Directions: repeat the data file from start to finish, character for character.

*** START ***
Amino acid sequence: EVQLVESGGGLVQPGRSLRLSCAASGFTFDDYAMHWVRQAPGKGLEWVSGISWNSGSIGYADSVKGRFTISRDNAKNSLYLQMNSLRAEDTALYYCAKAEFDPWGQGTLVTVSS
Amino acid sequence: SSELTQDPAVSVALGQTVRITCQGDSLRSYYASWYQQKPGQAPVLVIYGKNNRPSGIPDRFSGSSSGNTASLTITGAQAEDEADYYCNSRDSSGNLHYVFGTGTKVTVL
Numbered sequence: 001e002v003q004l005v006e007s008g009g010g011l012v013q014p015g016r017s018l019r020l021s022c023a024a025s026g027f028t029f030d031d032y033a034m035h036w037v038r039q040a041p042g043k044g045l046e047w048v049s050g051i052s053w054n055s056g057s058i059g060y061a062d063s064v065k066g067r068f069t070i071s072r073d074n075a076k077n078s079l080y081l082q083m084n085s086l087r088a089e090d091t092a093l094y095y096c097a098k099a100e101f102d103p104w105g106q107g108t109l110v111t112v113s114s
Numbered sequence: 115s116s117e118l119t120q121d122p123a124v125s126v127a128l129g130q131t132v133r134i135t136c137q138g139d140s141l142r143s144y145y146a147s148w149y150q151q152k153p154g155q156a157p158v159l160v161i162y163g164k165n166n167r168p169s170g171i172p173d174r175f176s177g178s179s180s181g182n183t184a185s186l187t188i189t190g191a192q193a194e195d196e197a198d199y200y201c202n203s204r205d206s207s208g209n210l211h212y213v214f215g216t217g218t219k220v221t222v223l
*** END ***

Amino acid sequence: EVQLVESGGGLVQPGRSLRLSCAASGFTFDDYAMHWVRQAPGKGLEWVSGISWNSGSIGYADSVKGRFTISRDNAKNSLYLQMNSLRAEDTALYYCAKAEFDPWGQGTLVTVSS
Amino acid sequence: SSELTQDPAVSVALGQTVRITCQGDSLRSYYASWYQQKPGQAPVLVIYGKNNRPSGIPDRFSGSSSGNTASLTITGAQAEDEADYYCNSRDSSGNLHYVFGTGTKVTVL
Numbered sequence: 001e002v003q004l005v006e007s008g009g010g011l012v013q014p015g016r017s018l019r020l021s022c023a024a025s026g027f028t029f030d031d032y033a034m035h036w037v038r039q040a041p042g043k044g045l046e047w048v049s050g051i052s053w054n055s056g057s058i059g060y061a062d063s064v065k066g067r068f069t070i071s072r073d074n075a076k077n078s079l080y081l082q083m084n085s086l087r088a089e090d091t092a093l094y095y096c097a098k099a100e101f102d103p104w105g106q107g108t109l110v111t112v113s114s
Numbered sequence: 115s116s117e118l119t120q121d122p123a124v125s126v127a128l129g130q131t132v133r134i135t136c137q138g139d140s141l142r143s144y145y146a147s148w149y150q151q152k153p154g155q156a157p158v159l160v161i162y163g164k165n166n167r168p169s170g171i172p173d174r175f176s177g178s179s180s181g182n183t184a185s186l187t188i189t190g191a192q193a194e195d196e197a198d199y200y201c202n203s204r205d206s207s208g209n210l211h212y213v214f215g216t217g218t219k220v221t222v223l